If teams are a main source of support when navigating ambiguity, how do we help them succeed?
Relationship to Ambiguity
One idea that has emerged recently in our teaching is the importance of trust in the context of ambiguous challenges. As educators, our goal is to encourage students to step outside their Comfort Zone, and venture to the outer limits of their Learning Zone. When we build trust, we create a friendly, familiar tie to the Comfort Zone. This creates confidence in facing ever-greater degrees of ambiguity.
A really important source of trust is having a strong, effective team. Ambiguity is definitely a team sport! Just like with deep-sea ocean diving, you wouldn't ever attempt to dive to the ocean floor on your own — you need a team to get there.
If teamwork is such an essential component in navigating ambiguity, we need to help set teams up for success.
One tool we've used before, both in our own personal practice and with our students, is something called a Team Dashboard. It's both an activity and a routine practice.
The idea is that there are a set number of dashboard elements that your team checks in on at a regular basis. These can be calibrated based on the team and the project; see the example below.
Each team member writes their individual thoughts on post-it's either ahead of time or at the start of the meeting. Then when everyone's ready, individuals go through and share each of their post-its, putting them up on a wall or whiteboard to build a team shared visual.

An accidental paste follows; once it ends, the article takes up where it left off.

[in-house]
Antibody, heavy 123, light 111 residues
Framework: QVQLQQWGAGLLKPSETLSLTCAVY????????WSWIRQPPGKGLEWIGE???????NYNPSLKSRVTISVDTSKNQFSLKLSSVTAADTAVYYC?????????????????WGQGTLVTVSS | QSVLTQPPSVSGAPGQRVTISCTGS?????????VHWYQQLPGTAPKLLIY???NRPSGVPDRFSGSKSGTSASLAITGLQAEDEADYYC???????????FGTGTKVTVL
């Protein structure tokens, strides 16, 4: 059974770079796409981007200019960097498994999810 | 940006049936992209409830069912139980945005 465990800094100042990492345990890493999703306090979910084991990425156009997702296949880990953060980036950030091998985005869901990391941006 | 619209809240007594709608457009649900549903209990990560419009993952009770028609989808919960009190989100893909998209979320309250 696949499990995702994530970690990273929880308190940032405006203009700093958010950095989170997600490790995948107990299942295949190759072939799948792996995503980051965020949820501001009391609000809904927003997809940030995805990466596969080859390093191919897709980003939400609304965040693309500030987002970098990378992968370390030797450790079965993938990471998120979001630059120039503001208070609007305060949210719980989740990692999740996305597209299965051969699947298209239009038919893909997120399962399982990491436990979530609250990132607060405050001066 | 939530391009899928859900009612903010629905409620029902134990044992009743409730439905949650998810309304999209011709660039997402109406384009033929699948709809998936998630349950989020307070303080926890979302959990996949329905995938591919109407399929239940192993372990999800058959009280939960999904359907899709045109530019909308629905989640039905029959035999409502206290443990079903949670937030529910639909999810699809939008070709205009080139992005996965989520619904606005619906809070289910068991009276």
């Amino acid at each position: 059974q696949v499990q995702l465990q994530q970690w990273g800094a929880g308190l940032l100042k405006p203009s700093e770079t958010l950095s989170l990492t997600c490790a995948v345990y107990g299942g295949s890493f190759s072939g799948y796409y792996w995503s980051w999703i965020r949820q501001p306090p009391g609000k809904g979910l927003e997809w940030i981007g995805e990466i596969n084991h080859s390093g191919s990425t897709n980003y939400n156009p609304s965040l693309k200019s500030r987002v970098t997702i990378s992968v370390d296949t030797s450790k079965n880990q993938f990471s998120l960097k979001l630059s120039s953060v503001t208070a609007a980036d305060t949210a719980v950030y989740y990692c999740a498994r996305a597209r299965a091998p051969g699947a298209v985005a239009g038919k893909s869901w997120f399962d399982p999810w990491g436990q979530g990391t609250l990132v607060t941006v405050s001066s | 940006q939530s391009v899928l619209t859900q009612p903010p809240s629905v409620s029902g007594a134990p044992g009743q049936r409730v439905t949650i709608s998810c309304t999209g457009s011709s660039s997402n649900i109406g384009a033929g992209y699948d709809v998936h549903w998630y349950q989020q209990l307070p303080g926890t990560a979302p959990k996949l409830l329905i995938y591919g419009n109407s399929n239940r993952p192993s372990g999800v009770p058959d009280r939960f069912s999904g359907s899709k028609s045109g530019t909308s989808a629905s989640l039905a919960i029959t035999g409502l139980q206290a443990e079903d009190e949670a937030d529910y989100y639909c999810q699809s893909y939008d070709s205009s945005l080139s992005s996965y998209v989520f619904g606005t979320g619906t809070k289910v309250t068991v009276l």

The team can have conversations as they go along, or at the end when everyone has shared, whichever feels most organic. The point is to use this for alignment, calibration, and discussion.
It's not completing the team dashboard that's most useful, but rather the act of going through it as a team and using it as a discussion tool and a self-awareness moment.
It gives space and a container for difficult conversations sometimes, as well.
This can also be a great tool for coaches / teachers to get a pulse on teams and know where to begin a conversation.
Design Abilities Used
The whole point of this exercise is creating a mechanism to be able to communicate directly and clearly with your teammates. It's also an opportunity not just to express your own thoughts and feelings, but more so to listen and learn from your teammates. This tool often forces a team to synthesize and align on an approach by looking at the often differing experiences of individual team members.
This activity was originally used in Stanford's Design Garage class taught by David Kelley, Nicole Kahn, Perry Klebahn, and Bill Burnett.
Design Abilities Used
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